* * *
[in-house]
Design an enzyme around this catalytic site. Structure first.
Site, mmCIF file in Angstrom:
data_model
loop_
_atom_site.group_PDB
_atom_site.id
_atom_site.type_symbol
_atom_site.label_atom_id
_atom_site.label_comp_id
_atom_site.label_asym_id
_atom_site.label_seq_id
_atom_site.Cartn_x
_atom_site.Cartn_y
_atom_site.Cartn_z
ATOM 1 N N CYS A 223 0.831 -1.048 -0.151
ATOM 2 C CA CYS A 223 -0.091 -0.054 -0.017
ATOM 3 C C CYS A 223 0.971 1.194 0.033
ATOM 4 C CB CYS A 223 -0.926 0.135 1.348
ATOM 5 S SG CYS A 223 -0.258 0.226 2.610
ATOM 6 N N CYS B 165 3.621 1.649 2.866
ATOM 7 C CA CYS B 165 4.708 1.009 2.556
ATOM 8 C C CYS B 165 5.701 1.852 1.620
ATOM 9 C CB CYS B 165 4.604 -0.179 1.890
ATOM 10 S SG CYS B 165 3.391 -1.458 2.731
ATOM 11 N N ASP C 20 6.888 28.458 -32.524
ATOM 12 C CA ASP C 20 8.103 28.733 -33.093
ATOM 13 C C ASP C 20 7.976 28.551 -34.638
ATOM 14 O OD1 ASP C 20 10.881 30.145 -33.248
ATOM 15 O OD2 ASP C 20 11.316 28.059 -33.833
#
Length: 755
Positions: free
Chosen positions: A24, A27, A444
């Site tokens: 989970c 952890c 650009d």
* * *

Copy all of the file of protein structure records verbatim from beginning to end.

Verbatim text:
[in-house]
Design an enzyme around this catalytic site. Structure first.
Site, mmCIF file in Angstrom:
data_model
loop_
_atom_site.group_PDB
_atom_site.id
_atom_site.type_symbol
_atom_site.label_atom_id
_atom_site.label_comp_id
_atom_site.label_asym_id
_atom_site.label_seq_id
_atom_site.Cartn_x
_atom_site.Cartn_y
_atom_site.Cartn_z
ATOM 1 N N CYS A 223 0.831 -1.048 -0.151
ATOM 2 C CA CYS A 223 -0.091 -0.054 -0.017
ATOM 3 C C CYS A 223 0.971 1.194 0.033
ATOM 4 C CB CYS A 223 -0.926 0.135 1.348
ATOM 5 S SG CYS A 223 -0.258 0.226 2.610
ATOM 6 N N CYS B 165 3.621 1.649 2.866
ATOM 7 C CA CYS B 165 4.708 1.009 2.556
ATOM 8 C C CYS B 165 5.701 1.852 1.620
ATOM 9 C CB CYS B 165 4.604 -0.179 1.890
ATOM 10 S SG CYS B 165 3.391 -1.458 2.731
ATOM 11 N N ASP C 20 6.888 28.458 -32.524
ATOM 12 C CA ASP C 20 8.103 28.733 -33.093
ATOM 13 C C ASP C 20 7.976 28.551 -34.638
ATOM 14 O OD1 ASP C 20 10.881 30.145 -33.248
ATOM 15 O OD2 ASP C 20 11.316 28.059 -33.833
#
Length: 755
Positions: free
Chosen positions: A24, A27, A444
């Site tokens: 989970c 952890c 650009d």